So Sorry Jonathan, that We did not Succeed

Why did the struggle for Soviet Jewry succeed while the struggle to free Pollard did not?

Rabbi Yosef Mendelevich

OpEds Rabbi Yosef Mendelevich
Rabbi Yosef Mendelevich
INN:YM

Translated by David Herman

The news about the possible release of Jonathan Pollard is making waves, and rightly so. The People of Israel are happy that one of its most suffering heroes is going to be free.

But along with the feeling of rejoicing there is a sense of failure. After all, we did not succeed in the struggle for his release, if he remained in prison for 30 years!

Yes, there was a struggle and a number of demonstrations over the years attended by several thousand people. There was awareness and identification with Jonathan's unjustly bitter fate.

People sometimes ask – why, in the case of Aliyah from Russia, did the pressure and demonstrations bear fruit - and in the case of Jonathan  they did not?

There are a number of answers. First of all, the story of one man cannot be compared to the struggle of an entire people, a whole community of several million Jews who lived in Russia. It was a struggle for the rights of a people and for human rights. One cannot compare the scope and significance of these two struggles.

Different, but also similar. The Jewish establishment in the USA waged a struggle for Soviet Jewry in a very measured and considered manner, in order not to harm its own interests. The struggle for Aliyah disturbed the American administration in its efforts to draw closer to the Soviet Union and to end the Cold War. Nixon and Kissinger declared it almost openly. Senator Henry Jackson whose Amendment to the law conditioned giving trade benefits  to the Soviet union on freedom of migration from the Soviet Union, was considered a red flag in the eyes of the Administration. I met Senator Jackson in 1981, and he complained  to me that the Government of Israel was putting pressure on him to cancel the amendment, on the grounds that one must not anger the Russians too much. (See, for example, Rabbi Avi Weiss's new book "Open Up the Iron Door"  pages 80-84)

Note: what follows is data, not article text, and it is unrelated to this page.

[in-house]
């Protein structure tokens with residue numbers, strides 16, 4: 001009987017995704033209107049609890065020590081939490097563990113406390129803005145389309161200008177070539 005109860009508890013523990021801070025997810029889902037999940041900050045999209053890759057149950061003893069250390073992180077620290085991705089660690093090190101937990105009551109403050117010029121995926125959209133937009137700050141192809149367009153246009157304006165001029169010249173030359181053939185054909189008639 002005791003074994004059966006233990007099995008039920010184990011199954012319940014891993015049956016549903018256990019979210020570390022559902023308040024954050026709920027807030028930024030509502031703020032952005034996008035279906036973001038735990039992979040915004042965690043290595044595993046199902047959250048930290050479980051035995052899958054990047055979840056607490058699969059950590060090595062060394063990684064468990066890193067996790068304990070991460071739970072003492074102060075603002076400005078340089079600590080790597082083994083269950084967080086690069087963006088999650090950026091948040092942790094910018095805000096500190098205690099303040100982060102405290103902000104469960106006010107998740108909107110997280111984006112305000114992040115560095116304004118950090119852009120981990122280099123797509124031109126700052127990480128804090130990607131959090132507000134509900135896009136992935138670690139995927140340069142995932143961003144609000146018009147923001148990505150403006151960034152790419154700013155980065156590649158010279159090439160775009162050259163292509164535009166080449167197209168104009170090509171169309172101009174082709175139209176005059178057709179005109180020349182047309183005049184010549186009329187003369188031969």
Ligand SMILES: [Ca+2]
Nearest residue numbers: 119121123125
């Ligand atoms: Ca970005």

Pollard was in jail in the United States and the keys to the jail were in the hands of the President of the United States.
This was the policy of the Jewish establishment in the USA, of the Israeli Government and the American Administration.

We activists went against all of them and forced them  to change their approach. In the end, everyone who stood in the way of this three-part establishment suffered personally and paid the price.

In the case of Pollard there was a similar constellation. The Jewish establishment in America was afraid of Pollard's story because it cast a heavy shadow on the loyalty of Jews to the United States. (Only after 30 years of incarceration did the Jewish establishment dare to positively mention Pollard and then only as  a "humane" issue.)

One cannot expect a more daring position from the establishment, because "establishment" means something stable by definition.  

But where were the activists?

There were no activists prepared to do exceptional things and shake up the whole world. Somebody tried to silence them, here in Israel and especially in the United States. I remember the demonstration opposite the President's Residence  two years ago when Shimon Peres was due to go and  visit Obama. The demonstrators pleaded with Peres not to omit to mention Pollard's name. They asked Shimon Peres, who was deeply involved in the whole issue ever since Jonathan's arrest! Nothing was more ridiculous.

According to the formula of the struggle for Soviet Jewry we should have blocked with our bodies the exit from the President's Residence thereby making headlines, and not only headlines.  Public activism has an impact when it exceeds the bounds of routine. It shocks. It powerfully arouses the conscience of each and every person.

"We want to do something honorable" If it is honorable, then it will not make the least impression on anyone. Because the establishment, in this case Peres, can also make some fine-looking declarations. But what, truly, can we demand from our tiny state? The fact is that the Israeli Government blatantly mismanaged things from the time Pollard was recruited until his trial and arrest. They sinned.

More than once I told the organizer of the struggle "It's true that Peres and Yitzhak Shamir are guilty of the tragic fate of Jonathan," But, after all, Pollard was in jail in the United States and  the keys to the jail were in the hands of the President of the United States.

It would have been much more  logical to wage the battle in the United States. And it was also possible to win popular support, because in Pollard's case, as we know, all the rules of the game and of a fair trial were violated. The American version of the Dreyfus Trial.

It cannot be denied that the main struggle for the release of Pollard had to be waged in the US.

But every time and every attempt in this direction was stopped with the argument  that "we have to pressure the Government of Israel alone and they will do the job."

Now, we have to admit, after nothing helped,  that the strategy was essentially misguided. Perhaps also another strategy would also have failed.  But why didn't we try everything? Whoever tried to infuse a spirit of battle in the struggle was dismissed and his name sullied.

They say that after the quarrel is over there is no point in waving fists. This may be so. But it is worthwhile to draw conclusions for another struggle which is already on the way.

The writer was a Prisoner of Zion who spent 11 years in the Russian gulag. 



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